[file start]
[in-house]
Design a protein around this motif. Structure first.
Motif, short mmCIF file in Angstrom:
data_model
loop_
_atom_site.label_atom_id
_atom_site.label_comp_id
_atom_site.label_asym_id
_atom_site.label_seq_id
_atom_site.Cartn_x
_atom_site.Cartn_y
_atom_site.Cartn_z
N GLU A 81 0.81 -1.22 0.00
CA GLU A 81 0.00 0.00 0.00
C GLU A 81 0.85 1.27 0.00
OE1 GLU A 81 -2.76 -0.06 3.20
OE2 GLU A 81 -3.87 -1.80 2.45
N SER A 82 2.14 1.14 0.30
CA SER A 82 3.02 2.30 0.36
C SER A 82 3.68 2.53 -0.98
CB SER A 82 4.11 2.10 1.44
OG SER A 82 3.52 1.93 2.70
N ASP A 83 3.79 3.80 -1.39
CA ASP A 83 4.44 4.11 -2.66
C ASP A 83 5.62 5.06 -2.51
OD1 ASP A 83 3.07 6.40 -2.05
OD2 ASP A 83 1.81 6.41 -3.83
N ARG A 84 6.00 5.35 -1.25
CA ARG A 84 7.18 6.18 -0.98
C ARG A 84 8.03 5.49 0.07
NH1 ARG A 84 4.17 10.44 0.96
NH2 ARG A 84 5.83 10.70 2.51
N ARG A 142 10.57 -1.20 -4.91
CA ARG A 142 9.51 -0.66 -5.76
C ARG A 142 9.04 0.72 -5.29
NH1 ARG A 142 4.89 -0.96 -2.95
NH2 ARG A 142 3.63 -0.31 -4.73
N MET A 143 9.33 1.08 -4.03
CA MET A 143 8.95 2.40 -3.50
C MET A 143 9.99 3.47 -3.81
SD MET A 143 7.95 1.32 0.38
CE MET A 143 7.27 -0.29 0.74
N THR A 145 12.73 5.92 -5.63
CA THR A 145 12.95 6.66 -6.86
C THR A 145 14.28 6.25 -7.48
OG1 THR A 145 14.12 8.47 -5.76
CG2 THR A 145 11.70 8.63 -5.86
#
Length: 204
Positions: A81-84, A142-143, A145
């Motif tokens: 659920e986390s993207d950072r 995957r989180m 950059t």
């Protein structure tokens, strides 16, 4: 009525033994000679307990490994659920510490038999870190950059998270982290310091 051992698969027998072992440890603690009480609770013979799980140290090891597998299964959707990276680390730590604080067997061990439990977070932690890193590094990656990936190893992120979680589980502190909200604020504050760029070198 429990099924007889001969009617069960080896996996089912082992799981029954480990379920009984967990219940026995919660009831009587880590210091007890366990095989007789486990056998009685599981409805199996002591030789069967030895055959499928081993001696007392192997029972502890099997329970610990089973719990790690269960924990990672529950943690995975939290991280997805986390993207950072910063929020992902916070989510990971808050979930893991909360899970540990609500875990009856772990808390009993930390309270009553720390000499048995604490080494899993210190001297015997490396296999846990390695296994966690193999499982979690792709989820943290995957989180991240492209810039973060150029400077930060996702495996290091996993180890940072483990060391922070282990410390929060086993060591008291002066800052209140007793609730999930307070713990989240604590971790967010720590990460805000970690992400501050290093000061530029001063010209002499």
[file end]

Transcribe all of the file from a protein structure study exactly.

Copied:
[in-house]
Design a protein around this motif. Structure first.
Motif, short mmCIF file in Angstrom:
data_model
loop_
_atom_site.label_atom_id
_atom_site.label_comp_id
_atom_site.label_asym_id
_atom_site.label_seq_id
_atom_site.Cartn_x
_atom_site.Cartn_y
_atom_site.Cartn_z
N GLU A 81 0.81 -1.22 0.00
CA GLU A 81 0.00 0.00 0.00
C GLU A 81 0.85 1.27 0.00
OE1 GLU A 81 -2.76 -0.06 3.20
OE2 GLU A 81 -3.87 -1.80 2.45
N SER A 82 2.14 1.14 0.30
CA SER A 82 3.02 2.30 0.36
C SER A 82 3.68 2.53 -0.98
CB SER A 82 4.11 2.10 1.44
OG SER A 82 3.52 1.93 2.70
N ASP A 83 3.79 3.80 -1.39
CA ASP A 83 4.44 4.11 -2.66
C ASP A 83 5.62 5.06 -2.51
OD1 ASP A 83 3.07 6.40 -2.05
OD2 ASP A 83 1.81 6.41 -3.83
N ARG A 84 6.00 5.35 -1.25
CA ARG A 84 7.18 6.18 -0.98
C ARG A 84 8.03 5.49 0.07
NH1 ARG A 84 4.17 10.44 0.96
NH2 ARG A 84 5.83 10.70 2.51
N ARG A 142 10.57 -1.20 -4.91
CA ARG A 142 9.51 -0.66 -5.76
C ARG A 142 9.04 0.72 -5.29
NH1 ARG A 142 4.89 -0.96 -2.95
NH2 ARG A 142 3.63 -0.31 -4.73
N MET A 143 9.33 1.08 -4.03
CA MET A 143 8.95 2.40 -3.50
C MET A 143 9.99 3.47 -3.81
SD MET A 143 7.95 1.32 0.38
CE MET A 143 7.27 -0.29 0.74
N THR A 145 12.73 5.92 -5.63
CA THR A 145 12.95 6.66 -6.86
C THR A 145 14.28 6.25 -7.48
OG1 THR A 145 14.12 8.47 -5.76
CG2 THR A 145 11.70 8.63 -5.86
#
Length: 204
Positions: A81-84, A142-143, A145
């Motif tokens: 659920e986390s993207d950072r 995957r989180m 950059t």
């Protein structure tokens, strides 16, 4: 009525033994000679307990490994659920510490038999870190950059998270982290310091 051992698969027998072992440890603690009480609770013979799980140290090891597998299964959707990276680390730590604080067997061990439990977070932690890193590094990656990936190893992120979680589980502190909200604020504050760029070198 429990099924007889001969009617069960080896996996089912082992799981029954480990379920009984967990219940026995919660009831009587880590210091007890366990095989007789486990056998009685599981409805199996002591030789069967030895055959499928081993001696007392192997029972502890099997329970610990089973719990790690269960924990990672529950943690995975939290991280997805986390993207950072910063929020992902916070989510990971808050979930893991909360899970540990609500875990009856772990808390009993930390309270009553720390000499048995604490080494899993210190001297015997490396296999846990390695296994966690193999499982979690792709989820943290995957989180991240492209810039973060150029400077930060996702495996290091996993180890940072483990060391922070282990410390929060086993060591008291002066800052209140007793609730999930307070713990989240604590971790967010720590990460805000970690992400501050290093000061530029001063010209002499």